WHERE Are The Women Inventors?
In cooperation with some international groups, the United States Patent and Trademark Office (USPTO), conducted a 40-year comprehensive study through the end of 2016 profiling women inventors as they appear on US patents.
The title of the report is Progress and Potential: A Profile of Women Inventors on US Patents (click here to view). Although it does not give a lot of conclusions, the report is worth reading.
What I find very interesting is that the number of patents with at least one woman inventor increased to about 21% in 2016. This increase in women from about 7% in 1976 to 21% in 2016 is mostly women who participate in mixed-gender innovation teams. What’s also interesting is that the percentage of women inventors who are on their own, or who have women co-inventors, has remained steady at about 7%.
Women, on their own, still tend to be under-represented in the patent community. Nobody’s really sure why this is. This is in spite of the fact that women have increased their participation in the biological and life sciences to almost 50%; in computer and math science and the physical sciences to around 28%.
There were some other interesting insights in the report. Women participate more in patent applications in the states where women, across the board, participate more in the workplace. Places where there’s a very high rate of female participation in the workforce (such as on the coasts), there is much higher participation in the patent world. In most Midwestern states, it’s much lower.
It follows that where women work, women participate in the patent system. For example, there are about 10 states where women participate in the workforce at a much higher level than average, and those are states like New Jersey, Maryland, New York, Alaska, California, and one state in the middle of the country, Missouri. Then when you get down to states like North Dakota, Montana, and New Hampshire, there is very little participation of women in the patent world.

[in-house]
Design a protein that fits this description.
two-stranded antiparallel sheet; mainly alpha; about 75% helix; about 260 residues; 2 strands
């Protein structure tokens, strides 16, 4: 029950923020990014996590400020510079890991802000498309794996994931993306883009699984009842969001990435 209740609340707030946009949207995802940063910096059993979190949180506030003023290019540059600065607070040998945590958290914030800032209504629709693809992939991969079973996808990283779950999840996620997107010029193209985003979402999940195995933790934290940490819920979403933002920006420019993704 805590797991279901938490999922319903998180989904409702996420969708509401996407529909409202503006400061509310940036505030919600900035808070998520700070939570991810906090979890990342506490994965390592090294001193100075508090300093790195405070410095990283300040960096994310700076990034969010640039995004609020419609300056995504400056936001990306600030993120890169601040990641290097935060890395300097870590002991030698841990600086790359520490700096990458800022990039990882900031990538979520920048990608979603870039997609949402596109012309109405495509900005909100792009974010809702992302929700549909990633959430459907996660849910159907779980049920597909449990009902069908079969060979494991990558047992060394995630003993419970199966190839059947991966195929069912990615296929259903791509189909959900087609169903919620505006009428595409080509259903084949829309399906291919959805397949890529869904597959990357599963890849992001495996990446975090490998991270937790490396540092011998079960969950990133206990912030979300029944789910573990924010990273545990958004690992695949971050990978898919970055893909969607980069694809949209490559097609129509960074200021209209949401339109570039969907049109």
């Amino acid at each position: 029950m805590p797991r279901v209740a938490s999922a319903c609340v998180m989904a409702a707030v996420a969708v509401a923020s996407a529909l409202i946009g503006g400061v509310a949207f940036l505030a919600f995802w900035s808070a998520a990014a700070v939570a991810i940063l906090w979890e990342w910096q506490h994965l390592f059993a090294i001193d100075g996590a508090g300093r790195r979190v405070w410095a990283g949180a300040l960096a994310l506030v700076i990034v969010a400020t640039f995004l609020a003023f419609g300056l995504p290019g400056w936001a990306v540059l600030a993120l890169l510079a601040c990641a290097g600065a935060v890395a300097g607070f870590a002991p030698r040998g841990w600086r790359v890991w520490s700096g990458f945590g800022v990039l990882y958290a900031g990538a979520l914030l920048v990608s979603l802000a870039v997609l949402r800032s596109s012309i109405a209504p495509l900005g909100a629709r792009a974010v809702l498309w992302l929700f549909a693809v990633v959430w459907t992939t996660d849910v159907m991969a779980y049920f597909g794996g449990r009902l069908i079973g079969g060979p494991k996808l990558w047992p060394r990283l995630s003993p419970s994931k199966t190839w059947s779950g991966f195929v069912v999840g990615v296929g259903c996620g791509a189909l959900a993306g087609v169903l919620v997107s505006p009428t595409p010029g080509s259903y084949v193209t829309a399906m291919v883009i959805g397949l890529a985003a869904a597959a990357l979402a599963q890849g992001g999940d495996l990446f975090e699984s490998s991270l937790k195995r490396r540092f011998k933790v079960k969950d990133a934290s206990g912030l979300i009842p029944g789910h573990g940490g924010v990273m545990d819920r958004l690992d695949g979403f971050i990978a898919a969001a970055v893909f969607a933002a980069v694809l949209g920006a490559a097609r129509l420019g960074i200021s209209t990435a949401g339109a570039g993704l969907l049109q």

It’s also still a fact that women patent attorneys are a minority in the profession, about 20% +/- 2%, and that outside of chemistry and life sciences, women are still a minority in STEM overall.
The big companies in the life sciences that file the most patents, such as Bristol-Myers Squibb (my former employer) and Procter & Gamble, have the largest participation of women and, in fact, encourage mixed-gender and cross-functional innovation teams.
The only conclusion that I can draw is that mixed-gender teams lead to great innovation and allow women to participate in a way that’s not usually open to them in other situations. Remember that in order to be listed as an inventor, the law requires that the person actually contributed to the idea and that they weren’t just helping hands. So it’s not a question of having women laboratory technicians or junior scientists; they have to be able to point to one claim in the patent that they can say they contributed to the conception of.
It’s good news that women’s participation is on an upward trajectory — but we still have a long way to go.
Patricia P. Werschulz
Werschulz Patent Law, LLC
23 North Avenue East
Cranford, NJ 07016